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Bruins lose in Montreal after Johnny Boychuk injured

P.K. Subban and the Canadiens muscled past Loui Eriksson and the Bruins on Thursday.Richard Wolowicz/Getty Images/Getty
Canadiens 2
Bruins 1

MONTREAL — The Bruins had a welcome traveler on their charter flight after their 2-1 loss to the Montreal Canadiens Thursday night at the Bell Centre.

Johnny Boychuk, wheeled off the ice on a stretcher at 4:28 of the first period, was cleared to fly home. Boychuk injured his back when a Max Pacioretty hit from behind sent the defenseman into the end boards in the Montreal zone.

"To see how much pain he was in there — I think his back seized up on him or something like that — he thought he was going to be all right, then he wasn't," Jarome Iginla said. "It's a scary sight, for sure, because he's a very tough guy. If there's any way he can get up and get off at that point, you know he would. So, it's very tough to see."


Boychuk was in immediate pain after the hit. He was on his hands and knees when trainer Don DelNegro arrived at his side. Boychuk appeared to have trouble catching his breath. DelNegro then waved for assistance.

Several Montreal trainers hurried onto the ice. They called for a stretcher. Medical personnel carefully moved Boychuk onto his side. They then positioned Boychuk onto a board. With help from Zdeno Chara and Milan Lucic, the trainers lifted Boychuk onto a stretcher. Boychuk was taken by ambulance to Montreal General Hospital.

It is unknown how much time Boychuk will miss. The Bruins host the Penguins Saturday. The following night in Toronto, the Bruins start a four-game Canadian road swing that concludes in Vancouver Dec. 14.

"It was an injury serious enough to bring him to the hospital," coach Claude Julien said. "Definitely, I think it will be a little while before he's good to go."

Boychuk's flight home did not blunt the sting of the second period. The Bruins were up, 1-0, after 20 minutes. They winged 10 shots on Carey Price. One of them, a Gregory Campbell one-touch of Lucic's backhand saucer, slipped past the Montreal goalie.


The Bruins were in good position to tuck it to the Canadiens. Montreal had gone to a shootout the night before in New Jersey. The Canadiens were playing their third game in four nights. The Bruins were coming off four rest days.

Instead, the Bruins tucked their tails in the second. They put only seven pucks on Price. At the other end, the fast-moving Canadiens, reaching back to their Flying Frenchmen days, poured 18 shots on Tuukka Rask. The Boston goalie wilted on one and couldn't do much to stop another.

"Our second period was atrocious and embarrassing," Julien said. "That cost us the game. If we would have played the middle period like we played the first and third, we'd be standing here with a win right now."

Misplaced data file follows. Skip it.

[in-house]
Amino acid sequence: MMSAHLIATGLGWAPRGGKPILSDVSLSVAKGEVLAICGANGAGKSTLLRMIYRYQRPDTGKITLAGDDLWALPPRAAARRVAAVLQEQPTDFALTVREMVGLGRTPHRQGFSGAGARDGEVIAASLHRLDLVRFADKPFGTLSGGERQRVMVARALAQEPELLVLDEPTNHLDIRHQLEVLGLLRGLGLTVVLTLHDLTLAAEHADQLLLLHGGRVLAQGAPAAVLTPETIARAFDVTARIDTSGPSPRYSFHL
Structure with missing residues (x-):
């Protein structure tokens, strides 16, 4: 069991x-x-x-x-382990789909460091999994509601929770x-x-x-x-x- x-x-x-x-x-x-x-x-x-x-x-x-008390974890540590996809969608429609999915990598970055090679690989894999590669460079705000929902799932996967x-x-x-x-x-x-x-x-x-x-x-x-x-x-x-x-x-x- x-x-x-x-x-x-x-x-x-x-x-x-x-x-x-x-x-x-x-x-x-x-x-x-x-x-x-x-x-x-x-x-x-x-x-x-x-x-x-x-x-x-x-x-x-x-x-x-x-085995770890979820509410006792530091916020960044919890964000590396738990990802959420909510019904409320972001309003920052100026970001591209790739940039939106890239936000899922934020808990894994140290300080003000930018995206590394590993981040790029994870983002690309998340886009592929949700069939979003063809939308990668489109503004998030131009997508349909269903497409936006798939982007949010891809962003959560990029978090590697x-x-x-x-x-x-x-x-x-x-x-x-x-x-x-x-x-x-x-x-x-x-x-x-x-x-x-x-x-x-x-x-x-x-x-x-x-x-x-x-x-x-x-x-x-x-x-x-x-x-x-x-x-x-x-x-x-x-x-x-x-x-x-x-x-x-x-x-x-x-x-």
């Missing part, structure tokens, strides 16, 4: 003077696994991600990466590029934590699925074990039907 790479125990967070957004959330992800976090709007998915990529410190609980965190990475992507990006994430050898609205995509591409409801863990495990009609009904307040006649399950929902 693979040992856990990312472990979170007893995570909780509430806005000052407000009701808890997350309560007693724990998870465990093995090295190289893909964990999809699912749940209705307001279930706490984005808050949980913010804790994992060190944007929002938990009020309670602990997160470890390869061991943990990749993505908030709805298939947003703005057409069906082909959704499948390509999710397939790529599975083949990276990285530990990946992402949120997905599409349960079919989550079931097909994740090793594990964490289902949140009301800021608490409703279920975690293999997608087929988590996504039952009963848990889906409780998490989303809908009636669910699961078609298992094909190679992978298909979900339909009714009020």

The Bruins thrive on puck possession. They retrieve pucks rapidly from the defensive zone. The defensemen shuttle them up to their forwards. The attackers fly into the offensive zone to initiate their cycle.

None of that happened in Thursday's second. The Canadiens claimed the puck as their own. They turned the Bruins into spectators. The Canadiens ripped off 30 second-period shots. Eighteen landed on goal. The Bruins blocked eight shots. The Canadiens missed with six others. The Bruins recorded only nine shot attempts. There is no way to win when the puck belongs to someone else.


The No. 2 line of Brad Marchand, Patrice Bergeron, and Loui Eriksson struggled the most. Through 40 minutes, the three combined for no shots and zero offensive presence.

"I don't know," Bergeron said when asked why the Bruins flickered in the second. "It wasn't even close to the effort that we should bring. It cost us the game, obviously. I can't really tell you why."

A Rask misplay sparked Montreal's rally. Rask was scrambling after Brian Gionta screamed a shot wide of the net. The Canadiens regained control of the puck to reset their attack. Tomas Plekanec settled it at the right circle.

Rask had time to square himself to Plekanec's shot but left an opening over his left shoulder. Plekanec picked the hole at 9:16 to tie it at 1-1.

"I gave him too much net to shoot at," Rask said. "I didn't adjust my angle. He scored."

As culpable as Rask might have been for Plekanec's goal, the goalie's teammates did little to resist the Canadiens on the winning goal.

Brendan Gallagher started the rush by dangling around Iginla to gain a clean entry into the offensive zone. Gallagher handed the puck to Raphael Diaz, who curled into the slot and snapped a backhander on goal.

Rask booted out Diaz's shot with his right pad but kicked the rebound into the high slot under the stick of a backchecking Campbell. Before Rask could recover, Pacioretty flipped a backhander into the net at 17:42.


The Bruins found their legs and their heads in the third. They hammered Price with 16 pucks. But Price turned them all back.

"We had a very strong first period and a very strong third period," Iginla said. "But in the second, we got totally outplayed. We gave them a chance to find some life at home. We knew they'd played last night. We didn't take advantage of it. You've got to play a full game. It got us in the second."

Fluto Shinzawa can be reached at fshinzawa@globe.com. Follow him on Twitter @GlobeFluto.